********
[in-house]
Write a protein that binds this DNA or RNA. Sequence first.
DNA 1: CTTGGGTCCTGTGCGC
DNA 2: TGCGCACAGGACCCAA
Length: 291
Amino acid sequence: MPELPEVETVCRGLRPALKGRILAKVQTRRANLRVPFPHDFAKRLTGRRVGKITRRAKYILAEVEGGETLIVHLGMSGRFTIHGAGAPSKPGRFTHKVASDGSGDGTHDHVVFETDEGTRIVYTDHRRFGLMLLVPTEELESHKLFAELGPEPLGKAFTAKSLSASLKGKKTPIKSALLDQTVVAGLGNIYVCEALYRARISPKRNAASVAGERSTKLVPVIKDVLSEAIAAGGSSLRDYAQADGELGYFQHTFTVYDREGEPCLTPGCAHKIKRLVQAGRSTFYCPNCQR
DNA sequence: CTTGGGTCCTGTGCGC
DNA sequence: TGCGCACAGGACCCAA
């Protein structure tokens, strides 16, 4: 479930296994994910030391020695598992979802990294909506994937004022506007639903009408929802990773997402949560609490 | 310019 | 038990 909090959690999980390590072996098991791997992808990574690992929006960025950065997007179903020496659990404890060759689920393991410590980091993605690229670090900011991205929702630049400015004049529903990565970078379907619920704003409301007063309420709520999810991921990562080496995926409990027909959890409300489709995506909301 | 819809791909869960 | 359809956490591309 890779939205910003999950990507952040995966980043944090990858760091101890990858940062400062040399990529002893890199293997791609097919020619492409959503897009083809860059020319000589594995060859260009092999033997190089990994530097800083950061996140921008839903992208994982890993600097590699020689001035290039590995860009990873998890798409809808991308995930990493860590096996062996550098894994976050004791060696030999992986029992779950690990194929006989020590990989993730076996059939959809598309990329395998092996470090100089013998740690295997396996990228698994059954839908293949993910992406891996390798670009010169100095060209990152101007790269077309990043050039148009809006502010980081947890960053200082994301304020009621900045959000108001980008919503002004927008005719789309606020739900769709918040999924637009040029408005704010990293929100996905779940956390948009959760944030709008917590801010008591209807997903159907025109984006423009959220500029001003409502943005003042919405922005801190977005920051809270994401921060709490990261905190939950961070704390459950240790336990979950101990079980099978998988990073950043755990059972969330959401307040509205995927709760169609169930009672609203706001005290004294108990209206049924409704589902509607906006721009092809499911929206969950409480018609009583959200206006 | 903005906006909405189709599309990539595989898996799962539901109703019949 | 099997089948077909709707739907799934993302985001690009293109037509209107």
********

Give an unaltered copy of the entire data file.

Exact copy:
[in-house]
Write a protein that binds this DNA or RNA. Sequence first.
DNA 1: CTTGGGTCCTGTGCGC
DNA 2: TGCGCACAGGACCCAA
Length: 291
Amino acid sequence: MPELPEVETVCRGLRPALKGRILAKVQTRRANLRVPFPHDFAKRLTGRRVGKITRRAKYILAEVEGGETLIVHLGMSGRFTIHGAGAPSKPGRFTHKVASDGSGDGTHDHVVFETDEGTRIVYTDHRRFGLMLLVPTEELESHKLFAELGPEPLGKAFTAKSLSASLKGKKTPIKSALLDQTVVAGLGNIYVCEALYRARISPKRNAASVAGERSTKLVPVIKDVLSEAIAAGGSSLRDYAQADGELGYFQHTFTVYDREGEPCLTPGCAHKIKRLVQAGRSTFYCPNCQR
DNA sequence: CTTGGGTCCTGTGCGC
DNA sequence: TGCGCACAGGACCCAA
């Protein structure tokens, strides 16, 4: 479930296994994910030391020695598992979802990294909506994937004022506007639903009408929802990773997402949560609490 | 310019 | 038990 909090959690999980390590072996098991791997992808990574690992929006960025950065997007179903020496659990404890060759689920393991410590980091993605690229670090900011991205929702630049400015004049529903990565970078379907619920704003409301007063309420709520999810991921990562080496995926409990027909959890409300489709995506909301 | 819809791909869960 | 359809956490591309 890779939205910003999950990507952040995966980043944090990858760091101890990858940062400062040399990529002893890199293997791609097919020619492409959503897009083809860059020319000589594995060859260009092999033997190089990994530097800083950061996140921008839903992208994982890993600097590699020689001035290039590995860009990873998890798409809808991308995930990493860590096996062996550098894994976050004791060696030999992986029992779950690990194929006989020590990989993730076996059939959809598309990329395998092996470090100089013998740690295997396996990228698994059954839908293949993910992406891996390798670009010169100095060209990152101007790269077309990043050039148009809006502010980081947890960053200082994301304020009621900045959000108001980008919503002004927008005719789309606020739900769709918040999924637009040029408005704010990293929100996905779940956390948009959760944030709008917590801010008591209807997903159907025109984006423009959220500029001003409502943005003042919405922005801190977005920051809270994401921060709490990261905190939950961070704390459950240790336990979950101990079980099978998988990073950043755990059972969330959401307040509205995927709760169609169930009672609203706001005290004294108990209206049924409704589902509607906006721009092809499911929206969950409480018609009583959200206006 | 903005906006909405189709599309990539595989898996799962539901109703019949 | 099997089948077909709707739907799934993302985001690009293109037509209107």